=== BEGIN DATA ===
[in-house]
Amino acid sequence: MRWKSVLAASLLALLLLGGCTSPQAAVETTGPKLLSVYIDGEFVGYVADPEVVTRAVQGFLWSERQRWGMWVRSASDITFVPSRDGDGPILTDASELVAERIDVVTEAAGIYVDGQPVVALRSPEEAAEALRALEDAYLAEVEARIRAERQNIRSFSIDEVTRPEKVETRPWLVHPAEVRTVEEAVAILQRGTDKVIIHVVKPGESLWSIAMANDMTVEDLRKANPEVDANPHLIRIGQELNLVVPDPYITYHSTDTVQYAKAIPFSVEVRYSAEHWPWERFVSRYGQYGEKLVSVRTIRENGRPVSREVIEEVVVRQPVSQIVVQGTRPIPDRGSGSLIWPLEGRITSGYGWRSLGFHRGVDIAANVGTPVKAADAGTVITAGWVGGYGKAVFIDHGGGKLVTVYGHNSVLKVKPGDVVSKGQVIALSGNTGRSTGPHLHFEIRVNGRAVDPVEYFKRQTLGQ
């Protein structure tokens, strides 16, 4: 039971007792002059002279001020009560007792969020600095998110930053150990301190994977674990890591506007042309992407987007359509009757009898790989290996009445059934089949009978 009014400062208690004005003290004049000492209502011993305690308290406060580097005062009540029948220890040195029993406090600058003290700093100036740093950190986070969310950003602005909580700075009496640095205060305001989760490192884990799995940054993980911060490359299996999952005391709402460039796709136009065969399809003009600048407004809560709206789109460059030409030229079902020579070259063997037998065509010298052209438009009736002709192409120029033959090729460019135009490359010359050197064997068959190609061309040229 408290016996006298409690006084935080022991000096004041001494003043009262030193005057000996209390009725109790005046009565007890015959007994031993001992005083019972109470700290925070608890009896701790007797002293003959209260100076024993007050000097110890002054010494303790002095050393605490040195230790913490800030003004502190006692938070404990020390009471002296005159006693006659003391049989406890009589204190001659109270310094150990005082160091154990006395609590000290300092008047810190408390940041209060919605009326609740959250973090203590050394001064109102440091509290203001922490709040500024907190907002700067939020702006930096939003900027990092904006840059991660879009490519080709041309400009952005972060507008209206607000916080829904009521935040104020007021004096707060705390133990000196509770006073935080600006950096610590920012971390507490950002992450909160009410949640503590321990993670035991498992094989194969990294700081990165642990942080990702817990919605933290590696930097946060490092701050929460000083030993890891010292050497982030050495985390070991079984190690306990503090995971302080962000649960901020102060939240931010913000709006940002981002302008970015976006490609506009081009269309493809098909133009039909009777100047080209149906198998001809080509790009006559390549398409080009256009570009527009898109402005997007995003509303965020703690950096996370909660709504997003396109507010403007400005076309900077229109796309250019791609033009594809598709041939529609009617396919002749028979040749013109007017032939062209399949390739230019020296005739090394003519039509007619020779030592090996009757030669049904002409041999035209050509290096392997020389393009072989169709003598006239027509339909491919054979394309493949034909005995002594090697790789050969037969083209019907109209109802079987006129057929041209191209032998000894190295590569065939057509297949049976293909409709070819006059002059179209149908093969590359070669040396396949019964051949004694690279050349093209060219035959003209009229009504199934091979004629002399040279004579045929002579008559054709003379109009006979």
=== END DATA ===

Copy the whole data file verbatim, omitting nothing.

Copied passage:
[in-house]
Amino acid sequence: MRWKSVLAASLLALLLLGGCTSPQAAVETTGPKLLSVYIDGEFVGYVADPEVVTRAVQGFLWSERQRWGMWVRSASDITFVPSRDGDGPILTDASELVAERIDVVTEAAGIYVDGQPVVALRSPEEAAEALRALEDAYLAEVEARIRAERQNIRSFSIDEVTRPEKVETRPWLVHPAEVRTVEEAVAILQRGTDKVIIHVVKPGESLWSIAMANDMTVEDLRKANPEVDANPHLIRIGQELNLVVPDPYITYHSTDTVQYAKAIPFSVEVRYSAEHWPWERFVSRYGQYGEKLVSVRTIRENGRPVSREVIEEVVVRQPVSQIVVQGTRPIPDRGSGSLIWPLEGRITSGYGWRSLGFHRGVDIAANVGTPVKAADAGTVITAGWVGGYGKAVFIDHGGGKLVTVYGHNSVLKVKPGDVVSKGQVIALSGNTGRSTGPHLHFEIRVNGRAVDPVEYFKRQTLGQ
């Protein structure tokens, strides 16, 4: 039971007792002059002279001020009560007792969020600095998110930053150990301190994977674990890591506007042309992407987007359509009757009898790989290996009445059934089949009978 009014400062208690004005003290004049000492209502011993305690308290406060580097005062009540029948220890040195029993406090600058003290700093100036740093950190986070969310950003602005909580700075009496640095205060305001989760490192884990799995940054993980911060490359299996999952005391709402460039796709136009065969399809003009600048407004809560709206789109460059030409030229079902020579070259063997037998065509010298052209438009009736002709192409120029033959090729460019135009490359010359050197064997068959190609061309040229 408290016996006298409690006084935080022991000096004041001494003043009262030193005057000996209390009725109790005046009565007890015959007994031993001992005083019972109470700290925070608890009896701790007797002293003959209260100076024993007050000097110890002054010494303790002095050393605490040195230790913490800030003004502190006692938070404990020390009471002296005159006693006659003391049989406890009589204190001659109270310094150990005082160091154990006395609590000290300092008047810190408390940041209060919605009326609740959250973090203590050394001064109102440091509290203001922490709040500024907190907002700067939020702006930096939003900027990092904006840059991660879009490519080709041309400009952005972060507008209206607000916080829904009521935040104020007021004096707060705390133990000196509770006073935080600006950096610590920012971390507490950002992450909160009410949640503590321990993670035991498992094989194969990294700081990165642990942080990702817990919605933290590696930097946060490092701050929460000083030993890891010292050497982030050495985390070991079984190690306990503090995971302080962000649960901020102060939240931010913000709006940002981002302008970015976006490609506009081009269309493809098909133009039909009777100047080209149906198998001809080509790009006559390549398409080009256009570009527009898109402005997007995003509303965020703690950096996370909660709504997003396109507010403007400005076309900077229109796309250019791609033009594809598709041939529609009617396919002749028979040749013109007017032939062209399949390739230019020296005739090394003519039509007619020779030592090996009757030669049904002409041999035209050509290096392997020389393009072989169709003598006239027509339909491919054979394309493949034909005995002594090697790789050969037969083209019907109209109802079987006129057929041209191209032998000894190295590569065939057509297949049976293909409709070819006059002059179209149908093969590359070669040396396949019964051949004694690279050349093209060219035959003209009229009504199934091979004629002399040279004579045929002579008559054709003379109009006979």